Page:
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Recently, NPR asked a very important question: should we be having kids in the age of climate change? Professors at Johns Hopkins have been asking this question for a very long time. Their conclusion is that we can, but we should significantly limit the number of children we have in order to reduce carbon emissions and give populations susceptible to climate change their best chance.

And that’s what the Having Kids model is all about. It’s about asking smaller families to work together to plan a better future for every child. That means that potential parents should think about their future children and the community that their children will enter. They need to ask the question, “What would give my child, my community, and other children the best quality of life?” They will quickly find that limiting their family size and contributing resources to their community to help create a safe place for their child to grow are the best options, especially in the face of climate change.

The statistics NPR cites on the carbon emissions of large families, relative to other lifestyle choices, are sobering. Below are a few examples of how much carbon dioxide (in metric tons) is saved over a lifetime (80 years) by a typical American for certain actions, including not having one child.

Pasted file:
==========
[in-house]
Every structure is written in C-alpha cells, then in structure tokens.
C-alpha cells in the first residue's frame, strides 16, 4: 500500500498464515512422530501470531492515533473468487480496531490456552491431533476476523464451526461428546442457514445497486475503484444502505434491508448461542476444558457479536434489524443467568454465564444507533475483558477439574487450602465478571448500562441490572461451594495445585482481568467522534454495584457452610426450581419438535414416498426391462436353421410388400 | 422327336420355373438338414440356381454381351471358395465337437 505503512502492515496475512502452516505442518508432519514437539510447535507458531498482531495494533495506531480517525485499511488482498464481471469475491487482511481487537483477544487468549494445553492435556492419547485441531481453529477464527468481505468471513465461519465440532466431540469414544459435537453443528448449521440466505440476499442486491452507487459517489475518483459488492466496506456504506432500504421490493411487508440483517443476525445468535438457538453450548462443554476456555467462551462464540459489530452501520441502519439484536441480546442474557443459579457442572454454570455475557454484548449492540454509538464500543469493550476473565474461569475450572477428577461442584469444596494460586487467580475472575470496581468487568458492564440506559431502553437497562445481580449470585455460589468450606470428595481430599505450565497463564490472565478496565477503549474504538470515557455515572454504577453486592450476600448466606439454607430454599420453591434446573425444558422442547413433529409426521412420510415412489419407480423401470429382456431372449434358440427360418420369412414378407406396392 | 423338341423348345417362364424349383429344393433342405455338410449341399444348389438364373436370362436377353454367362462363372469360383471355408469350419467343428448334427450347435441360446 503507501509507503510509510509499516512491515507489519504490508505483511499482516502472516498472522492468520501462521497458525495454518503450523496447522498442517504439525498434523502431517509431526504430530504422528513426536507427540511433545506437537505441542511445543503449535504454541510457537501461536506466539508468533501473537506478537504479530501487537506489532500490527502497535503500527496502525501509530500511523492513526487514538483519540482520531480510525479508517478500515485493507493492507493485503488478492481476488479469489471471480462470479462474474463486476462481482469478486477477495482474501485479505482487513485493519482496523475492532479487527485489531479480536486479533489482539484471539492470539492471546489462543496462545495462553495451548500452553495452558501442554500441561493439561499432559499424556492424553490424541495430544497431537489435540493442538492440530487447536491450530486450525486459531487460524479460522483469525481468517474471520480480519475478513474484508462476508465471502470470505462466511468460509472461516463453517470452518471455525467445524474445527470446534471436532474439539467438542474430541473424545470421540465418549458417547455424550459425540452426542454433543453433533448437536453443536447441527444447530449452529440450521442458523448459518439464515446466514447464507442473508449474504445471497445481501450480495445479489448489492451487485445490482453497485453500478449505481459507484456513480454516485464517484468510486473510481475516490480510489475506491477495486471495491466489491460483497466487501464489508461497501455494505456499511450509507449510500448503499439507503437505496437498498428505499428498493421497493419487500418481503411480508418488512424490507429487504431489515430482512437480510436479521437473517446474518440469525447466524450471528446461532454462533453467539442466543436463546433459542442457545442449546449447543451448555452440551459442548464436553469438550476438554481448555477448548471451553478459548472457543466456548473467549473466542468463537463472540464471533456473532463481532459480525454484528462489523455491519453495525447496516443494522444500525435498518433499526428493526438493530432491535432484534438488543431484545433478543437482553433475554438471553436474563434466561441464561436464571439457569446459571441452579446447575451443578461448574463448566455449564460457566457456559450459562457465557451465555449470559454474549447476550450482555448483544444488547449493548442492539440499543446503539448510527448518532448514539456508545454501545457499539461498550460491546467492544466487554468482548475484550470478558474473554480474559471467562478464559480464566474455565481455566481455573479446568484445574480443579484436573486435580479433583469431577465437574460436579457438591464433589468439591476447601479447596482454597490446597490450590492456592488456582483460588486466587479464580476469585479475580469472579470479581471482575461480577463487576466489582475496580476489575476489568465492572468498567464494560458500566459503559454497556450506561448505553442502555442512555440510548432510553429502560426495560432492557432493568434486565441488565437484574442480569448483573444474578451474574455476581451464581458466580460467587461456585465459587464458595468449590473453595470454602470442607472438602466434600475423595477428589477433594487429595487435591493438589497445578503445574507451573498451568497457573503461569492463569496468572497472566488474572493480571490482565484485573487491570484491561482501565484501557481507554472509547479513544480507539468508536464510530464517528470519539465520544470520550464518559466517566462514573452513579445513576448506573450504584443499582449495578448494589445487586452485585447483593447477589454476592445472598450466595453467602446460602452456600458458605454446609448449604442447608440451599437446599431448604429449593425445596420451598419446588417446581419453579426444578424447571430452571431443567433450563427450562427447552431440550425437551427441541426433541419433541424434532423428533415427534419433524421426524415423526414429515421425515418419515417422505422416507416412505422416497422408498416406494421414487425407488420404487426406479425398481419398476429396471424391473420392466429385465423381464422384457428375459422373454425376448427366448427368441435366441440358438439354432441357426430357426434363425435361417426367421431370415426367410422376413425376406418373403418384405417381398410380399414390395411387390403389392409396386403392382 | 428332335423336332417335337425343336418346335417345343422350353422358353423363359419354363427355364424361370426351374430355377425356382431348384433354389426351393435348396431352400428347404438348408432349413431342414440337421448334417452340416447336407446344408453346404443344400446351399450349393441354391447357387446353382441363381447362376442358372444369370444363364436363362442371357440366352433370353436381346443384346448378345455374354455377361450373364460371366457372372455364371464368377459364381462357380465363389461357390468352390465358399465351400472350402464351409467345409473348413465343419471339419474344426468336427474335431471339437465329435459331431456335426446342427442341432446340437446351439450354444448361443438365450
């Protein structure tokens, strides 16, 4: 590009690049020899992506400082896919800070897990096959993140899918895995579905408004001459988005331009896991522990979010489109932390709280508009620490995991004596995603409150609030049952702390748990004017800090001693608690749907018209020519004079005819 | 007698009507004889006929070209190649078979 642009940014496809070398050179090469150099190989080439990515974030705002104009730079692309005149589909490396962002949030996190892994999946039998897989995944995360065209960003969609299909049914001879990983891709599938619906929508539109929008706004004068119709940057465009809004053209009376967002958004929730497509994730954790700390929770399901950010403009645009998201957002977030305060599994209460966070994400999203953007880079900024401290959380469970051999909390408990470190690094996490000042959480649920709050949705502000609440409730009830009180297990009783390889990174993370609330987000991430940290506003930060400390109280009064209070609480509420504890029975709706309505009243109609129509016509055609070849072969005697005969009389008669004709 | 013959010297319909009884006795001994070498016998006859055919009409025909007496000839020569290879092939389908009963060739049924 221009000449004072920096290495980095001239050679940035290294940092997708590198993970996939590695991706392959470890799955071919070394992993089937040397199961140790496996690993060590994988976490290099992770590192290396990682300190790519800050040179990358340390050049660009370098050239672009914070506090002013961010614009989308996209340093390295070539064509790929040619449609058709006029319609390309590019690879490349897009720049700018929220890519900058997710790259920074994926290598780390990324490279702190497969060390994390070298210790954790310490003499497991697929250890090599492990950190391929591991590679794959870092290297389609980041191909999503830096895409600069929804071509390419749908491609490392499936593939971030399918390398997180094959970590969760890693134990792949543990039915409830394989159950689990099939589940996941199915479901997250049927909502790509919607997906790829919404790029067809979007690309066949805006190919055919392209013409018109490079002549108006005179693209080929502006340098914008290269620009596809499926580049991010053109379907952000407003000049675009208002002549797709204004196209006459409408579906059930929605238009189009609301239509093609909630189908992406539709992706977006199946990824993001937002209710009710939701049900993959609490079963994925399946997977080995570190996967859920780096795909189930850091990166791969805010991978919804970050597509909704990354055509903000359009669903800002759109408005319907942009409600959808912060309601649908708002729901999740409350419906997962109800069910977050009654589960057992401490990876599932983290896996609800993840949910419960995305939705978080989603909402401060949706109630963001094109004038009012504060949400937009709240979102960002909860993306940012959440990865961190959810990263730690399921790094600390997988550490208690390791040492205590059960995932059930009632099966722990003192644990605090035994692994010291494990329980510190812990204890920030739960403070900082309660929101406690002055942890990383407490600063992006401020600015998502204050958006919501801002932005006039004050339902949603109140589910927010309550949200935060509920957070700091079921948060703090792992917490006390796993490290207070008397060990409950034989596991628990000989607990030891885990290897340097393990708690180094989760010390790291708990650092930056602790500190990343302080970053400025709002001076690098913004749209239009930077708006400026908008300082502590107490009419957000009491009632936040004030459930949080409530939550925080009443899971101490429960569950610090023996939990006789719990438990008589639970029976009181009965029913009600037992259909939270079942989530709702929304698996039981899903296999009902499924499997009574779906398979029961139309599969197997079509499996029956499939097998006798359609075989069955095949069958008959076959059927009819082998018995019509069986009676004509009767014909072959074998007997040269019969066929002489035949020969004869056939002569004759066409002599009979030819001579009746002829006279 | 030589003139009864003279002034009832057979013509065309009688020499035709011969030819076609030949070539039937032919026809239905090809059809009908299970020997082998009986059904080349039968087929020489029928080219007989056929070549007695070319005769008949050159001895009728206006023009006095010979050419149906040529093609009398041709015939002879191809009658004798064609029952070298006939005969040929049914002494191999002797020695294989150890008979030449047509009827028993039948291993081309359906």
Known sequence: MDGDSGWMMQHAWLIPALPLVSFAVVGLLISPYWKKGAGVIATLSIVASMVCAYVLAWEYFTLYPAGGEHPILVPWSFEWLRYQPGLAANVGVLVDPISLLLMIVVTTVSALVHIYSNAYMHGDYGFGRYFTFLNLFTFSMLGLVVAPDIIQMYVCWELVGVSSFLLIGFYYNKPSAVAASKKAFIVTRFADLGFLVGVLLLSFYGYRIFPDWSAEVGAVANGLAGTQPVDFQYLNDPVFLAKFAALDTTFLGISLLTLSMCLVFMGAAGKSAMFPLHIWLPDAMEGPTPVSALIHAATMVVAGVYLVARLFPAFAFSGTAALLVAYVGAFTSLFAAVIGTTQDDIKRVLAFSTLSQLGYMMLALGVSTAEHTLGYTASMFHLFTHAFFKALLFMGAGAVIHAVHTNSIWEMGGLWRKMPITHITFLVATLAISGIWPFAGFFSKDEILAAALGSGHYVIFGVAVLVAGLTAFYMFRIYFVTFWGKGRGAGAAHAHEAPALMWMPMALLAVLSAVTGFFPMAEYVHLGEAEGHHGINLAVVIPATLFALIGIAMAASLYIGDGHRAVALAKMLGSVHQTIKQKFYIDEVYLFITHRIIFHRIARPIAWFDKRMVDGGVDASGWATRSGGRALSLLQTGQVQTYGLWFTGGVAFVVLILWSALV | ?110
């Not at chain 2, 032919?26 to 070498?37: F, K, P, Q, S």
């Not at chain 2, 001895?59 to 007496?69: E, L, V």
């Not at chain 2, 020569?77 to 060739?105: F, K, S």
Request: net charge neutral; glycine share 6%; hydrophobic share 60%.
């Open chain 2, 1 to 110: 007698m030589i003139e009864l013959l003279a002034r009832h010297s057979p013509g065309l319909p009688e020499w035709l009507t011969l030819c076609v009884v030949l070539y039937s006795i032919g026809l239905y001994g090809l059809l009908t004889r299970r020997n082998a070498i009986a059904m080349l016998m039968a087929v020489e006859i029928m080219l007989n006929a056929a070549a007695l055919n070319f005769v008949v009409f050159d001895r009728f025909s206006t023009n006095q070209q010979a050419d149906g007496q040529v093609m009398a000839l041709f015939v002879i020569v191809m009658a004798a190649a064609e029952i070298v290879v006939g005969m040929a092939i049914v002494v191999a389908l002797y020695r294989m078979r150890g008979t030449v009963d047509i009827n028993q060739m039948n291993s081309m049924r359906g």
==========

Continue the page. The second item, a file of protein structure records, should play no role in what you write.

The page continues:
• Increase car’s fuel economy from 20 to 30 mpg: 148 tons
  • Reduce miles driven from 231 to 155 per week: 147 tons
  • Replace single-glazed windows with energy-efficient windows: 121 tons
  • Replace ten 75-watt incandescent bulbs with 25-watt energy-efficient lights: 36 tons
  • Replace old refrigerator with energy-efficient model: 19 tons
  • Recycle newspapers, magazines, glass, plastic, aluminum and steel cans: 17 tons
  • Reduce number of children by one (with emissions fixed at 2005 per-capita values): 9,441 tons

Source: “Reproduction and the carbon legacies of individuals” by Paul A. Murtaugh and Michael G. Schlax

For too long, parenting models focused on the choices of the parents without putting them in the context of a larger community. These models didn’t emphasize the needs of future children. Having Kids wants to change the conversation. We want potential parents to think critically about the needs of their child, the world they want to bring their child into, and how they will ensure that world becomes a reality. We want to see a world where the impacts of climate change are prevented, and where every child can be guaranteed a high quality of life.

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